"1. At all times material hereto, defendant Riverside Casino Corporation was a corporation organized and existing under and by virtue of the laws of the State of Nevada, with its principal place of business in Reno, Nevada, and was the owner and operator of a gaming casino licensed by the State Gaming Control Board to conduct such enterprise in premises known as the Riverside Hotel in the City of Reno, County of Washoe, State of Nevada; plaintiff was and is a citizen of California, and the individual defendants were and are citizens of Nevada.
"2. On November 6, 1960, there were only four stockholders owning capital stock of defendant Riverside Casino Corporation, namely: H. J. Munley, Jack Douglas, Robert R. Franks and Samuel Levey, each of whom was licensed under the requirements of the Gaming Control Act of the State of Nevada as stockholders of Riverside Casino Corporation *245 to conduct a licensed gaming business on said premises.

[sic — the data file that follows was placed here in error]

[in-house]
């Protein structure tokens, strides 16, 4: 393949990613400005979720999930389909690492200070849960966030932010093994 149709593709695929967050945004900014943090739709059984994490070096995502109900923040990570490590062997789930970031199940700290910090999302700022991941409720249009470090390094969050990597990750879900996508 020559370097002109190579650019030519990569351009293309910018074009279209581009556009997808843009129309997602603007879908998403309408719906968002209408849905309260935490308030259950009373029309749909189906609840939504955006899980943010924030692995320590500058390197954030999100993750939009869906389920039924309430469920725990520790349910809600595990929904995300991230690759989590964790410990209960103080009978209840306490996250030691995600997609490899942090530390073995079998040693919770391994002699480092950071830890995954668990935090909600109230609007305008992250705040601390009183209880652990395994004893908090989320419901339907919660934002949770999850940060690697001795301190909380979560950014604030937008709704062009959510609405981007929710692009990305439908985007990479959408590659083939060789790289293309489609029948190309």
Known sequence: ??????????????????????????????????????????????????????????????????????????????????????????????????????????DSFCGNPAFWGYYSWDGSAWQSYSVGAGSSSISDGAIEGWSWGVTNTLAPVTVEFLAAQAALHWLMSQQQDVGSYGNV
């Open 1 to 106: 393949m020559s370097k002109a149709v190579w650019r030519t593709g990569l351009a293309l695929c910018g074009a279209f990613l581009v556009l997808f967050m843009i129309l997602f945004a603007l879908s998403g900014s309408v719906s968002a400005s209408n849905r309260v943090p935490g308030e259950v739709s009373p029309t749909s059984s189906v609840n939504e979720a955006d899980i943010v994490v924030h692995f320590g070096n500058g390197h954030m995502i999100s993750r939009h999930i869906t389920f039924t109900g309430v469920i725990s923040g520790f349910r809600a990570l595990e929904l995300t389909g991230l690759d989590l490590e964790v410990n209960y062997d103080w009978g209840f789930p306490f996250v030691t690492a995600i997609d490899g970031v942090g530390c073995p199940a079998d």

"3. On November 6, 1960, defendant H. J. Munley was the Secretary of Riverside Casino Corporation and was a stockholder and licensee, as aforesaid, owning of record fifteen per cent of the issued and outstanding capital stock of defendant Riverside Casino Corporation. In said capacities, H. J. Munley did not have or exercise any control or supervision of the management of the casino enterprise other or in addition to his rights as a stockholder granted by law.